One of my improvisation teachers, Yusef Lateef, said: ‘when you find something you like’ – meaning a melodic pattern – ‘learn it in all twelve keys.’ (‘Find something you like’ is an extremely important directive that, I think, can be challenging to follow in an age where music delivery systems which anticipate what a listener ‘might also like’ are increasingly common.) I have sometimes extended this process by searching for examples in my ‘listening diet’ of how patterns I like are used and varied by different players. (In addition to live performances and my iTunes library, my listening diet also includes the internet station Calm Radio Jazz Piano, which plays both classic and rare recordings by great jazz pianists.) Finding a lick in multiple contexts can demonstrate how, in the jazz tradition, a lick is not an immutable object but a living thing that changes from one player to another or even from one bar to another (see the Charlie Rouse example below.)
At the end of this post are five different ii-V-I patterns which, to my mind, are based on root position voicings. These five patterns boil down to three basic melodic shapes: the first two pairs of patterns are variations on the same basic lick, and the last pattern (from Billy Taylor’s tune ‘Radioactivity’) is a variation on a lick from a Charlie Parker solo.
- The pattern from ‘Round Midnight’ is one of the main motives that Monk’s tune is based on; it occurs in two different transpositions during the first A section. (In the version of the ‘Round Midnight’ pattern shown below, I have changed the first four notes from sixteenths to eighths, as the other patterns on the page are based in eighth notes.) John Coltrane performed ‘Round Midnight’ between 1955 and ’57 in the Miles Davis Quintet and with Thelonious Monk, so it makes sense that one of the tune’s foundational five-note patterns shows up both at the beginning of his solo on Giant Steps (recorded in 1959) and that the bridge of ’26-2’ (from Coltrane’s Sound, recorded in 1960) contains an expansion of the pattern.
- The pattern from m. 16-18 of the head to Bill Evans’ ‘Peri’s Scope’ is played a number of different ways by Evans; the right hand melodic phrase shown below can be heard on the head out of the original version from Portrait In Jazz, and the left hand chording shown is based on the live 1972 version. Note that the pickup to the phrase, which in the context of the tune anticipates the min7 change, is accompanied by an anticipated chord in the left hand. It is important to be able to accompany melodic anticipation in a bop line with this kind of harmonic anticipation, as playing all the chords on downbeats will contradict the line’s rhythmic energy. The opening phrase from Ellington and Strayhorn’s ‘Dancers In Love’ uses a six-note motive similar to the ‘Peri’s Scope’ phrase, but with a different rhythmic placement and a three-note chromatic run preceding it. The rhythm shown below for the left hand comping is Ellington’s original left hand rhythm, emphasizing the ‘and’ of one in both measures. A similar phrase is also used multiple times by Charlie Rouse in his tenor sax solo on Thelonious Monk’s ‘Ugly Beauty’. Like Thelonious Monk’s solo on Bags’ Groove (from Miles Davis and the Modern Jazz Giants) and Sonny Rollins’ solo on St. Thomas, Rouse’s solo is a model of ingeniously varied use of a single motive.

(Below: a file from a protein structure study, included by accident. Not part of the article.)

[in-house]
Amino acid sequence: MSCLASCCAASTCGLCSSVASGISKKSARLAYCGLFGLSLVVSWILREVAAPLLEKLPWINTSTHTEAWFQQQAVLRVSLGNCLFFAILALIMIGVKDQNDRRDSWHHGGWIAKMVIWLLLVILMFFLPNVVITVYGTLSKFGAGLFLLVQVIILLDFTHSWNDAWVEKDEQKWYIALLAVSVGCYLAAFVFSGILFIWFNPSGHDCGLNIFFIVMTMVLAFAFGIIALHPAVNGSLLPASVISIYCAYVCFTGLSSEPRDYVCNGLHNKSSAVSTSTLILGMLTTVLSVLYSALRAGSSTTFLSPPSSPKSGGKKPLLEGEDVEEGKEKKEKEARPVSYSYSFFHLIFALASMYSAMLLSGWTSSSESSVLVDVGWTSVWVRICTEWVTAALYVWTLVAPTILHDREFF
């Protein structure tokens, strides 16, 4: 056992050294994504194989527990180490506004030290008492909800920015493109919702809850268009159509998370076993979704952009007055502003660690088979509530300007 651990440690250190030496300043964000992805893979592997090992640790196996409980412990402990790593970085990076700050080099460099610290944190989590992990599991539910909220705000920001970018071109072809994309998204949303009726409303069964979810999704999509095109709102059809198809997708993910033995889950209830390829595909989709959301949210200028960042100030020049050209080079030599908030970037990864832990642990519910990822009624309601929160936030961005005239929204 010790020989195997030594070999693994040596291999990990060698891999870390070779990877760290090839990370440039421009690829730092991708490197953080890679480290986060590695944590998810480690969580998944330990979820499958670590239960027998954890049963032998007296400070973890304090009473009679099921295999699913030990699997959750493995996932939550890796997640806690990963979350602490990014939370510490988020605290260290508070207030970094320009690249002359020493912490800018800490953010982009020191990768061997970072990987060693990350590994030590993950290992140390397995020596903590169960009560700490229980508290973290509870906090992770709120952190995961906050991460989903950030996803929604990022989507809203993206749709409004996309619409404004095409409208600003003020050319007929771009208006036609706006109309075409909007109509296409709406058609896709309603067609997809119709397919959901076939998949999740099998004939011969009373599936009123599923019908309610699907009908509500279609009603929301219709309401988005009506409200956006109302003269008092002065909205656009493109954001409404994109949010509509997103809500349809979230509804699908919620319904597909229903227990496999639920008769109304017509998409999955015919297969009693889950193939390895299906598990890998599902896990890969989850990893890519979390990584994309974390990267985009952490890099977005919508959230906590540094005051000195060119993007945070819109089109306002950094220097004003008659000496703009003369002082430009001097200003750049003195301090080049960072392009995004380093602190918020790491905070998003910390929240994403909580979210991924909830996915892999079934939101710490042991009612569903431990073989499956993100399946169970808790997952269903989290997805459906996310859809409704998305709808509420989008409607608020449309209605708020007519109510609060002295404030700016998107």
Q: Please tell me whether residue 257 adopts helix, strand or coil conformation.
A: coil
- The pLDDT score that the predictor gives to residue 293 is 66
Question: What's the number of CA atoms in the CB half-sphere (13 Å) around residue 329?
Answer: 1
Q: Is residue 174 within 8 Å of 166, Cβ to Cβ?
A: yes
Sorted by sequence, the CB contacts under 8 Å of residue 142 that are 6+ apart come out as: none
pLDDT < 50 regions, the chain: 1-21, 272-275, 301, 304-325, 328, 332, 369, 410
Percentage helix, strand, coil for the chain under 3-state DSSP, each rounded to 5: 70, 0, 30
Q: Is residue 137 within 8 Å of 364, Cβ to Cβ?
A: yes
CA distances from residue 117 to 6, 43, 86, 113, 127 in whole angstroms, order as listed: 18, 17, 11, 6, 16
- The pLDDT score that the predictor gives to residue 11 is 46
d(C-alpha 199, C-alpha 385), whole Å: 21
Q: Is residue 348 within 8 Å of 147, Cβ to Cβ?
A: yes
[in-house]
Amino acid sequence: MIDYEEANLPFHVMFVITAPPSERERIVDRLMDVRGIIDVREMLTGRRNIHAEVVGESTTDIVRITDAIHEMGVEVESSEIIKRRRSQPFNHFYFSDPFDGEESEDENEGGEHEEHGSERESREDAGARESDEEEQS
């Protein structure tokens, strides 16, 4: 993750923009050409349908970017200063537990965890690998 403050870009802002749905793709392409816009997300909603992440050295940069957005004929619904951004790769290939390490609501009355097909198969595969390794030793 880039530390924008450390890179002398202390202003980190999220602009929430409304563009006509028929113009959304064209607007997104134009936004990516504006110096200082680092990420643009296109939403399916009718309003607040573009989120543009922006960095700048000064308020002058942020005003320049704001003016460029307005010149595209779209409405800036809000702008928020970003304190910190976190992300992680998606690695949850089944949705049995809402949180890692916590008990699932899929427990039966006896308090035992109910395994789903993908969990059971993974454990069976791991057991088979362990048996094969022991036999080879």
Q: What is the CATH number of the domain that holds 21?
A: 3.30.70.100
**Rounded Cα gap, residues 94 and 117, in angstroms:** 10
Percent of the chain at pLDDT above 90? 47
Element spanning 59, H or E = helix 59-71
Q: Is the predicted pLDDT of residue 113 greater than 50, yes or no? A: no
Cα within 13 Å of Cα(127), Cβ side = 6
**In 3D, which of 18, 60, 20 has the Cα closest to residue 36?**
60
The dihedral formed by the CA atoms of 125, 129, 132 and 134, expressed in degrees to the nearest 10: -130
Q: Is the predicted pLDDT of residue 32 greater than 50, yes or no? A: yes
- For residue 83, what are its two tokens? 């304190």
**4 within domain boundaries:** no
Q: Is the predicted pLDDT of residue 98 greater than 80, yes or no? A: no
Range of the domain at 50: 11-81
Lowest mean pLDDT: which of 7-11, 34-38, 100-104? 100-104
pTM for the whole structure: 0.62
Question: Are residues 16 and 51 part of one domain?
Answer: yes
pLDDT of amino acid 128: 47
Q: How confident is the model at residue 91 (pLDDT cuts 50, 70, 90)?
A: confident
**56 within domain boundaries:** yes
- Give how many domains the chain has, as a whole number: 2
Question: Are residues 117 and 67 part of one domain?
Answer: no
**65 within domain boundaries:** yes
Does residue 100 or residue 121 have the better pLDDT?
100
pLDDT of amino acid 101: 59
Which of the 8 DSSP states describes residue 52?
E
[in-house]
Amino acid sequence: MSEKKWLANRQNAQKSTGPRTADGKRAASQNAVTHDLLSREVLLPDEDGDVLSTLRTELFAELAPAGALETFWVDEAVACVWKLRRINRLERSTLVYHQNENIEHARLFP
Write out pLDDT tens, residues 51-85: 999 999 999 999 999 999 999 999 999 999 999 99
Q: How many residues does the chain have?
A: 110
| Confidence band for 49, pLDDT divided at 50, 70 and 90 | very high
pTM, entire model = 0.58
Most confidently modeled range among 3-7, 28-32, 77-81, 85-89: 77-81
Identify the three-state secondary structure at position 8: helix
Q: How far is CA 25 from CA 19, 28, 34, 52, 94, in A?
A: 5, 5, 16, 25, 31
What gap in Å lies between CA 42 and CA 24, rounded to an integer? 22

- Finally, one way to explain the main motive of Billy Taylor’s ‘Radioactivity’ is that it is based on a melodically condensed and rhythmically extended variation on the lick Charlie Parker plays in double time at the end of his second chorus on ‘Billie’s Bounce’ (around 1:10 on the linked video).
If you’d rather start from a more ‘cellular’ level, you could start by choosing one of these phrases, learning the tune from which it originates, and then practicing the lick from it in all twelve keys, using the series of ii-V-Is descending by half steps or another pattern (such as ii-V-Is descending by whole steps as shown above.)